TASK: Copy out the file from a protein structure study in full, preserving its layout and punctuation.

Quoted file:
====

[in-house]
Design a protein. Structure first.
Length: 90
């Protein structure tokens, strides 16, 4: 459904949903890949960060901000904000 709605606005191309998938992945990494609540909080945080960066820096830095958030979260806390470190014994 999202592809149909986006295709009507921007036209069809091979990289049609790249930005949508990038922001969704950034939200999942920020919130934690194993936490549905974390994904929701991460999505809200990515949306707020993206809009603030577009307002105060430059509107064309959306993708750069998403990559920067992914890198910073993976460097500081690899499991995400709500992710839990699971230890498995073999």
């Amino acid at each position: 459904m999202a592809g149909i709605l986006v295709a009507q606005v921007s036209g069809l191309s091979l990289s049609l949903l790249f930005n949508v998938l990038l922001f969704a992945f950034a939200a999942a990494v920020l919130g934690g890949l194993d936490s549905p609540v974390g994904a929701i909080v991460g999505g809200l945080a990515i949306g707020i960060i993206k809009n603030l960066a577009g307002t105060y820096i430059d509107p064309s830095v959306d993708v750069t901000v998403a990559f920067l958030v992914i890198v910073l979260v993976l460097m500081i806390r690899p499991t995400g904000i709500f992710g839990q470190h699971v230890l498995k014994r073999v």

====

[in-house]
Design a protein. Structure first.
Length: 90
């Protein structure tokens, strides 16, 4: 459904949903890949960060901000904000 709605606005191309998938992945990494609540909080945080960066820096830095958030979260806390470190014994 999202592809149909986006295709009507921007036209069809091979990289049609790249930005949508990038922001969704950034939200999942920020919130934690194993936490549905974390994904929701991460999505809200990515949306707020993206809009603030577009307002105060430059509107064309959306993708750069998403990559920067992914890198910073993976460097500081690899499991995400709500992710839990699971230890498995073999």
């Amino acid at each position: 459904m999202a592809g149909i709605l986006v295709a009507q606005v921007s036209g069809l191309s091979l990289s049609l949903l790249f930005n949508v998938l990038l922001f969704a992945f950034a939200a999942a990494v920020l919130g934690g890949l194993d936490s549905p609540v974390g994904a929701i909080v991460g999505g809200l945080a990515i949306g707020i960060i993206k809009n603030l960066a577009g307002t105060y820096i430059d509107p064309s830095v959306d993708v750069t901000v998403a990559f920067l958030v992914i890198v910073l979260v993976l460097m500081i806390r690899p499991t995400g904000i709500f992710g839990q470190h699971v230890l498995k014994r073999v």